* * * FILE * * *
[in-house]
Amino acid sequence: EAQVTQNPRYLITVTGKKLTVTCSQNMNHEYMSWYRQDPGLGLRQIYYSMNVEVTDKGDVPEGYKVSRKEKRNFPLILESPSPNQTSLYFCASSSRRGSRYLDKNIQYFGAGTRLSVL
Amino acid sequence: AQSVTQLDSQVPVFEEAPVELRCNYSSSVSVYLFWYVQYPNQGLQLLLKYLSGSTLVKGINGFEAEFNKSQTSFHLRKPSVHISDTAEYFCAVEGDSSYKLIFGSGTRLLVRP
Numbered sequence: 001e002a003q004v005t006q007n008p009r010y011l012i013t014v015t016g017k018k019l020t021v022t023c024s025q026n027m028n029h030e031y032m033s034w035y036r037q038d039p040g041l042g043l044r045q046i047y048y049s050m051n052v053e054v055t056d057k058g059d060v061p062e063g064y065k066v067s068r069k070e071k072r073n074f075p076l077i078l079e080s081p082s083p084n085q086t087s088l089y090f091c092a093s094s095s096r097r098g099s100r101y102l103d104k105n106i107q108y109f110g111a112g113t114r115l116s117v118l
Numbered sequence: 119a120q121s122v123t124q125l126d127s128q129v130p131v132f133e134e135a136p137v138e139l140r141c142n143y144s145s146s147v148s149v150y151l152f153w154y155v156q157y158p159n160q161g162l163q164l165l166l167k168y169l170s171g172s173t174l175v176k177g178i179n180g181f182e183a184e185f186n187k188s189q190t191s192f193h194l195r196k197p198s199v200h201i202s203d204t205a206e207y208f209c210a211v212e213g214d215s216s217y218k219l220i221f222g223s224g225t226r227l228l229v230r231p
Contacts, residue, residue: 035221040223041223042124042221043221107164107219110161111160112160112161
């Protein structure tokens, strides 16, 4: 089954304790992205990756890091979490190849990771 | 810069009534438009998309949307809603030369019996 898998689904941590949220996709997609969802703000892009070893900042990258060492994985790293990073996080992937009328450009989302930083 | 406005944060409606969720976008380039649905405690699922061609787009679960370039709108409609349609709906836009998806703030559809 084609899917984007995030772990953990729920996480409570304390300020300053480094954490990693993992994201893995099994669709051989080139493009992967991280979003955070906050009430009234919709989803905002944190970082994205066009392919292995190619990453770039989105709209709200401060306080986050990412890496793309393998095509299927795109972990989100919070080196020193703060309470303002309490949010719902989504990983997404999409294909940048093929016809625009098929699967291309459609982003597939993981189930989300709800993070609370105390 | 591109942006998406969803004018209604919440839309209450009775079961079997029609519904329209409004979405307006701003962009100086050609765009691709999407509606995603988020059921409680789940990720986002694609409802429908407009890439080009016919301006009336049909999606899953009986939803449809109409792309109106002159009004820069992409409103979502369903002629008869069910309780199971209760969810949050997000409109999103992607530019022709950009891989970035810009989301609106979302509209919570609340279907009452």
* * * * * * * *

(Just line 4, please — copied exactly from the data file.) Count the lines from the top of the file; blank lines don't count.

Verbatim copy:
Numbered sequence: 001e002a003q004v005t006q007n008p009r010y011l012i013t014v015t016g017k018k019l020t021v022t023c024s025q026n027m028n029h030e031y032m033s034w035y036r037q038d039p040g041l042g043l044r045q046i047y048y049s050m051n052v053e054v055t056d057k058g059d060v061p062e063g064y065k066v067s068r069k070e071k072r073n074f075p076l077i078l079e080s081p082s083p084n085q086t087s088l089y090f091c092a093s094s095s096r097r098g099s100r101y102l103d104k105n106i107q108y109f110g111a112g113t114r115l116s117v118l